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Russian Flag Carrier Aeroflot Tells Passengers to Read a Book or Meditate After Sanctions Hit Inflight Streaming Services

Russian Flag Carrier Aeroflot Tells Passengers to Read a Book or Meditate After Sanctions Hit Inflight Streaming Services

Russian flag carrier Aeroflot has told passengers to read a book or try some meditation after pulling its inflight movie and television streaming services due to Western sanctions.

Taking to its Telegram social media page, the airline suggested that rather than watching inflight entertainment, passengers could instead take “take stock of the year” and perhaps make a wish list or write plans for the new year ahead.

The latest sanctions have hit inflight entertainment services on Aeroflot’s narrowbody fleet of Airbus A320 aircraft and some Boeing 737s, where content is streamed to the passenger’s personal mobile device.

Aeroflot promised, however, that the “refusal of foreign suppliers to provide this service” would only temporarily take streaming entertainment off the air and that the airline was already working on a domestic solution to get around sanctions.

Since Russia was slapped with an array of sanctions by the United States, Europe and elsewhere in retaliation for its invasion of Ukraine, the country has thought of inventive ways to maintain the Western brands that Russians have become accustomed to.

Shuttered Starbucks coffee shops were soon rebranded and reopened as Stars Coffe shops, and McDonald’s has been reinvented as ‘Vkusno i Tochka’ with its own stylised M logo.

Aeroflot has defied the odds to keep flying after sanctions prevented aircraft manufacturers and suppliers from importing spare parts into Russia. The chief executive of Airbus warned in October that the industry was “worried” about the maintenance of planes in Russia, especially after domestic travel demand took off.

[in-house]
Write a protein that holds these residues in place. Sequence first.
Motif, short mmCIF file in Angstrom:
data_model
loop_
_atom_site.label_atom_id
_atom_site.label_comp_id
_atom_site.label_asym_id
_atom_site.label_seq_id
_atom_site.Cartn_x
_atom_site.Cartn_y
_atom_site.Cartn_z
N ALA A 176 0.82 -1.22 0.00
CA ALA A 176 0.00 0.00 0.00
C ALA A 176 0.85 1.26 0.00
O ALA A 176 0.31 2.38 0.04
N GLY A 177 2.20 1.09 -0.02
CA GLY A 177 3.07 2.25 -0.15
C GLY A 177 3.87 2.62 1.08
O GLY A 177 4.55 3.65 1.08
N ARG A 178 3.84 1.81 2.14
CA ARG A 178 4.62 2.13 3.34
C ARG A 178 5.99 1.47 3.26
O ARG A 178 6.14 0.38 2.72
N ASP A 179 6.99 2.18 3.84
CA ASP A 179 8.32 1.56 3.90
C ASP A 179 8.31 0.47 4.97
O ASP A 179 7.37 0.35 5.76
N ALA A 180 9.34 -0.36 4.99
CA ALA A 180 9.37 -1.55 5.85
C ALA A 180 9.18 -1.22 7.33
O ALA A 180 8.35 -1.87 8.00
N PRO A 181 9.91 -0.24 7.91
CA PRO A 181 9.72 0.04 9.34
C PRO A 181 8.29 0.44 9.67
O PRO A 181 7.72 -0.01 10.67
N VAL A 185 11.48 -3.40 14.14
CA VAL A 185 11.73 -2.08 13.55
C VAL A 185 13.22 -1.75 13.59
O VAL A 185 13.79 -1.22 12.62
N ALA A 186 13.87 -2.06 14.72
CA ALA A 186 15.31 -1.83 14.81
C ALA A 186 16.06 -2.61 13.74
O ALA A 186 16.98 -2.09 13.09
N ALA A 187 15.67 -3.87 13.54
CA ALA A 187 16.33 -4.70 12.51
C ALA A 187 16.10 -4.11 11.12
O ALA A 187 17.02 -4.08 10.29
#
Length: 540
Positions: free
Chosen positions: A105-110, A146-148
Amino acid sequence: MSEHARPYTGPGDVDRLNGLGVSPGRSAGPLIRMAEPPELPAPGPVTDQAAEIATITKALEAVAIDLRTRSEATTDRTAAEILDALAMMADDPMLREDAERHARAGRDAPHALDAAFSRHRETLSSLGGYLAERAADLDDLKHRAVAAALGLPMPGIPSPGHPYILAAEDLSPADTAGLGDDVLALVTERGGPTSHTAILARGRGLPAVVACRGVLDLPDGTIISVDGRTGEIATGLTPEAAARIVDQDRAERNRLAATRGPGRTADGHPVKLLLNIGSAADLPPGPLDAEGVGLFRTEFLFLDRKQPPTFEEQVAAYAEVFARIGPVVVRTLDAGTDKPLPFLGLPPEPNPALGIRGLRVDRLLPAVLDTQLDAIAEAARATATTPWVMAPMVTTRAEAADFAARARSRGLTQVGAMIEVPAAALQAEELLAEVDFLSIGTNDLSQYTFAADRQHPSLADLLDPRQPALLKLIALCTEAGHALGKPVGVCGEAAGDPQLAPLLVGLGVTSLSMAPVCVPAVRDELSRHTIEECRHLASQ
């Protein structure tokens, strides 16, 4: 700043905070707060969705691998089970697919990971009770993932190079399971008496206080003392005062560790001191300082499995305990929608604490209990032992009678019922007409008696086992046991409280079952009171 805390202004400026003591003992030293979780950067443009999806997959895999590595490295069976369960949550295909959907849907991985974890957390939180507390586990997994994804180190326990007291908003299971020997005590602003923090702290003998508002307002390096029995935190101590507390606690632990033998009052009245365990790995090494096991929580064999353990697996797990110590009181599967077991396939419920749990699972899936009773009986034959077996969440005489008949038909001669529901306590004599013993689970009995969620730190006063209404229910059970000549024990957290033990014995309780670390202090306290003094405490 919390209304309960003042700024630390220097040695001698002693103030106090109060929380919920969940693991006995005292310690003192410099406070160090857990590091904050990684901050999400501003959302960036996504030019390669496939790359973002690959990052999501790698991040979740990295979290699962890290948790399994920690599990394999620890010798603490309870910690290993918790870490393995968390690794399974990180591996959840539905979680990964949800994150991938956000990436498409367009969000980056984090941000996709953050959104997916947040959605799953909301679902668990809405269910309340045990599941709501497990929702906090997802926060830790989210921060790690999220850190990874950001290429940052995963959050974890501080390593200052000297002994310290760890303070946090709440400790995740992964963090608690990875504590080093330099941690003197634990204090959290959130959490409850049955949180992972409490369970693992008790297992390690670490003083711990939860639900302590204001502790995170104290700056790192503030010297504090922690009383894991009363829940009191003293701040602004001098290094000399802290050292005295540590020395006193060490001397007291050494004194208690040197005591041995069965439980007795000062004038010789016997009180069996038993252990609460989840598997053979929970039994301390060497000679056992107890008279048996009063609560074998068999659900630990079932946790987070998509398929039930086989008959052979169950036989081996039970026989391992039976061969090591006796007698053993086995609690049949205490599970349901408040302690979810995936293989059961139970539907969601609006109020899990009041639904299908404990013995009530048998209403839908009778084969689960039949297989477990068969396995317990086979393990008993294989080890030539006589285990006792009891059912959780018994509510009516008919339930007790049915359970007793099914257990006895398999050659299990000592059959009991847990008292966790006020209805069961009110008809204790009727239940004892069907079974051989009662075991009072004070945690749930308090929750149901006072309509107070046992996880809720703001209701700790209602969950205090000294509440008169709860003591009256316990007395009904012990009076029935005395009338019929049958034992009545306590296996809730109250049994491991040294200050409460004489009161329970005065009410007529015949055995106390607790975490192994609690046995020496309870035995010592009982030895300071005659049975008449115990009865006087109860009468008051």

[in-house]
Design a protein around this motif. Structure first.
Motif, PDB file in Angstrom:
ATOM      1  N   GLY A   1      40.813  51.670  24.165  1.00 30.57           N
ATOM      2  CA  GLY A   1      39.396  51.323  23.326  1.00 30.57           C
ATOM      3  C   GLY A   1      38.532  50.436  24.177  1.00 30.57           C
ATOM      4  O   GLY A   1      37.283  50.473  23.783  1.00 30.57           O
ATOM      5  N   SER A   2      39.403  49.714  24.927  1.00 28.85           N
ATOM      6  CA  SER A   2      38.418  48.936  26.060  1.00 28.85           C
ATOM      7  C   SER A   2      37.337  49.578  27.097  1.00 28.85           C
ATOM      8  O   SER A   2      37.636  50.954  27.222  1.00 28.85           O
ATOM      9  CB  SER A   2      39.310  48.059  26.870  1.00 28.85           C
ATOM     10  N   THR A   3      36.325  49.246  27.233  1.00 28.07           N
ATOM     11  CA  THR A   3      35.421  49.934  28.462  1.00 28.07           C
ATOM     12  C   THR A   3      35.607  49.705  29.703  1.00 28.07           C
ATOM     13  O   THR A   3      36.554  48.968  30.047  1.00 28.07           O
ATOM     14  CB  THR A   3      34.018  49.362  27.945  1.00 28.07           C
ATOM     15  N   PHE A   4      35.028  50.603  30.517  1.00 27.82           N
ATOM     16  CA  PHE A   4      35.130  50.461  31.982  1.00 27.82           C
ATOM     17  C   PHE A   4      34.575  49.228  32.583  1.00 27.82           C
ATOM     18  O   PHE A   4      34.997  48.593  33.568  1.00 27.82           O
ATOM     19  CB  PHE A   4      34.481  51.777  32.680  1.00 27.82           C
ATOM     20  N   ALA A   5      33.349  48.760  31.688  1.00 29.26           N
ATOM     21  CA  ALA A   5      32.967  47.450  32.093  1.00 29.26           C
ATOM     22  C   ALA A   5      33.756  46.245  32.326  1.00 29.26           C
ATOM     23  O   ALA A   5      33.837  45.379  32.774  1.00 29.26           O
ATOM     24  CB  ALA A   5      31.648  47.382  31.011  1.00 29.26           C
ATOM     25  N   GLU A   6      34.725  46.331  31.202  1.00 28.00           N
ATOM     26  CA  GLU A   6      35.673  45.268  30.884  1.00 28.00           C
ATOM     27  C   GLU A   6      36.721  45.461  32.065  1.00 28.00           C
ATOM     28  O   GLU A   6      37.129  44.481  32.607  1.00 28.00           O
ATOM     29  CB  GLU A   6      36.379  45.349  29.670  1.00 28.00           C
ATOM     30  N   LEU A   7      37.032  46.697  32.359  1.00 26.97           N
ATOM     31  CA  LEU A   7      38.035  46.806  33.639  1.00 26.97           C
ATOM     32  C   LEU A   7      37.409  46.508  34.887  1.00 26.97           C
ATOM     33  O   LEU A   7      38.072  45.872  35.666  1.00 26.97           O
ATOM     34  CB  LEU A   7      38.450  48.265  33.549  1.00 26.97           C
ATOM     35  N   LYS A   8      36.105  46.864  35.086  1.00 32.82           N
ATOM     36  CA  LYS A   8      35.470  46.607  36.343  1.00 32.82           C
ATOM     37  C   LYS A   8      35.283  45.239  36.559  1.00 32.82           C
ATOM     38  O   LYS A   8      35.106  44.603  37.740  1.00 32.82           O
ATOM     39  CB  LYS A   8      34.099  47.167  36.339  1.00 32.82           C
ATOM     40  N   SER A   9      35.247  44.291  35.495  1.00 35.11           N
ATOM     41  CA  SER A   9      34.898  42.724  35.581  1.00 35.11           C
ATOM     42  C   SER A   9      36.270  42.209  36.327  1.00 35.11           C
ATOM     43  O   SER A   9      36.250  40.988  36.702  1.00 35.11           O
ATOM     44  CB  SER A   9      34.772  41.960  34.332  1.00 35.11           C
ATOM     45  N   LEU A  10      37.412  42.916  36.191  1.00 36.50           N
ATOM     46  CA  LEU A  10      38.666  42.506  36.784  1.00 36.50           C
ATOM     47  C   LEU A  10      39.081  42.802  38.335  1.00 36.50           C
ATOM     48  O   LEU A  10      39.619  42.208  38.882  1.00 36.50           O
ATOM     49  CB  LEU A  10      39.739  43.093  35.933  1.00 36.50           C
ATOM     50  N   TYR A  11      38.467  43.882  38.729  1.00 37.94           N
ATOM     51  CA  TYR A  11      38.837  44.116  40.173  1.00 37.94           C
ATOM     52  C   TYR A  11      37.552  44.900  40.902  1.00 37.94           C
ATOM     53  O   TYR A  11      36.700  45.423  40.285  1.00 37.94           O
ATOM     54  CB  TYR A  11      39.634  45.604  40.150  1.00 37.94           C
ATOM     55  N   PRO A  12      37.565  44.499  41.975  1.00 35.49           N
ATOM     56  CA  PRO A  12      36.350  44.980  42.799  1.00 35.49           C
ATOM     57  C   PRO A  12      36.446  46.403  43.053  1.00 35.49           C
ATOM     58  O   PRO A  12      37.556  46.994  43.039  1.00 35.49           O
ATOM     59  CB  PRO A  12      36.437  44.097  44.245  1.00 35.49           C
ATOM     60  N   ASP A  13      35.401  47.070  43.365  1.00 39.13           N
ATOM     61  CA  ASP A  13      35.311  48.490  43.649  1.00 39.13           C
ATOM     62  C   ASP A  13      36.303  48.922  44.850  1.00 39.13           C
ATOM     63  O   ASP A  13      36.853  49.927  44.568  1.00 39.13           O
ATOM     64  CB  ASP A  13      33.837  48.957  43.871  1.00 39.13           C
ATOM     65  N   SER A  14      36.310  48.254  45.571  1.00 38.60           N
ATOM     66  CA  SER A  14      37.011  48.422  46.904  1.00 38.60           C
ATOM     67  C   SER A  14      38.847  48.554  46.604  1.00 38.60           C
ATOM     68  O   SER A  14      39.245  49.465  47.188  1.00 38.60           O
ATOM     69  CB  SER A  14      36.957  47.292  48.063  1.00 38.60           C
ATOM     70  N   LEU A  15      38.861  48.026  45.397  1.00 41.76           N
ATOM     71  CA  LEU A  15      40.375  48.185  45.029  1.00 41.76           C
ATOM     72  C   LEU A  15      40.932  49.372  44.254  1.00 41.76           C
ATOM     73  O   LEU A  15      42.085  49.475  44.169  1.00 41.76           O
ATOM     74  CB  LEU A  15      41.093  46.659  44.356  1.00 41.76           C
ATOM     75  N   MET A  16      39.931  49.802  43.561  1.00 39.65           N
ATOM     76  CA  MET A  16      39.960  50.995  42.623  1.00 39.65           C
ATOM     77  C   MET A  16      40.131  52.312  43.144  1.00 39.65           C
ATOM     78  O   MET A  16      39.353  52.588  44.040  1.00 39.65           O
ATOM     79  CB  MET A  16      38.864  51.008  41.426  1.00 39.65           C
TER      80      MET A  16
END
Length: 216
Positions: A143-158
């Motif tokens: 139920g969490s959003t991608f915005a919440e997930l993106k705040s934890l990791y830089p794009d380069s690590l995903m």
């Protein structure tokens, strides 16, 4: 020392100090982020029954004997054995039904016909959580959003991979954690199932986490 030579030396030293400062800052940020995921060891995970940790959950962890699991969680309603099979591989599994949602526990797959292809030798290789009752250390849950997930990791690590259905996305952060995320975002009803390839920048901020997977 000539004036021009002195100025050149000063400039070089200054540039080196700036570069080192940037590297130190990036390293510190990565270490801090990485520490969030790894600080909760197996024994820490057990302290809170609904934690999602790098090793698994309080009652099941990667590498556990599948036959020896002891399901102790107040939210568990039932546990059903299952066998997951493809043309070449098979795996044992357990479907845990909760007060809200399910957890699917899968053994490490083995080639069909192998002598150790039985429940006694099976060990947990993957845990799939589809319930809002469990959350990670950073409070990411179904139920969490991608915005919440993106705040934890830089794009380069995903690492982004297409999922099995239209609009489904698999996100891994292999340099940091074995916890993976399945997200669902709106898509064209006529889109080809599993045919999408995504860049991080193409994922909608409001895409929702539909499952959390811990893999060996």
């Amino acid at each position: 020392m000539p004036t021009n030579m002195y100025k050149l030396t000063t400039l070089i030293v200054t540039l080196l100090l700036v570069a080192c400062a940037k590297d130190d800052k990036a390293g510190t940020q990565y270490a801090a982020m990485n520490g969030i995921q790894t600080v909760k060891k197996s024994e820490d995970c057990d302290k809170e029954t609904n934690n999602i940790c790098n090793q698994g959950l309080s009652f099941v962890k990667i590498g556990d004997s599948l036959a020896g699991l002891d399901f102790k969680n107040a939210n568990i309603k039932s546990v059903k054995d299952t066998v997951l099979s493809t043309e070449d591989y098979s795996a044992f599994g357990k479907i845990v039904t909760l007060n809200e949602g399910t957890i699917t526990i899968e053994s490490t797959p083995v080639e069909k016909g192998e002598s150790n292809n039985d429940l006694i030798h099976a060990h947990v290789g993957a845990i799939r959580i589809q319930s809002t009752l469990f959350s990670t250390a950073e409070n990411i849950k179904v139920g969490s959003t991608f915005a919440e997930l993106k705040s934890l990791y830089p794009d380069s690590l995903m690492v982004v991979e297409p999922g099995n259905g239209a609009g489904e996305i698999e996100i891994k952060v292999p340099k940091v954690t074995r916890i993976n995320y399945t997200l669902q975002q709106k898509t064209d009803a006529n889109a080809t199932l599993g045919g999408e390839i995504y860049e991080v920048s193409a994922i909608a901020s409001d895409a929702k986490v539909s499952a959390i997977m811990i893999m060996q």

“Because of the sanctions, we cannot really monitor and support as we do with our customers in normal times. And that’s something that is indeed creating some concerns on the safety side,” Airbus CEO Guillaume Faury warned.

Aeroflot is reported to have circumvented the sanctions so far by stripping spare parts from grounded planes, while the Russian government has ordered five local companies to produce spare parts for Western-made commercial airliners.

Despite a tranche of international airspace restrictions, the Russian flag carrier continues to fly internationally and has been operating regular flights to popular destinations amongst Russia’s elite, including Dubai, Antalya, Sharm El Sheikh, Bangkok and the Maldives.

The British government and the European Union, however, consider Aeroflot a serious safety risk and have barred Aeroflot from operating in their respective airspace over “unsafe practices” by the airline.

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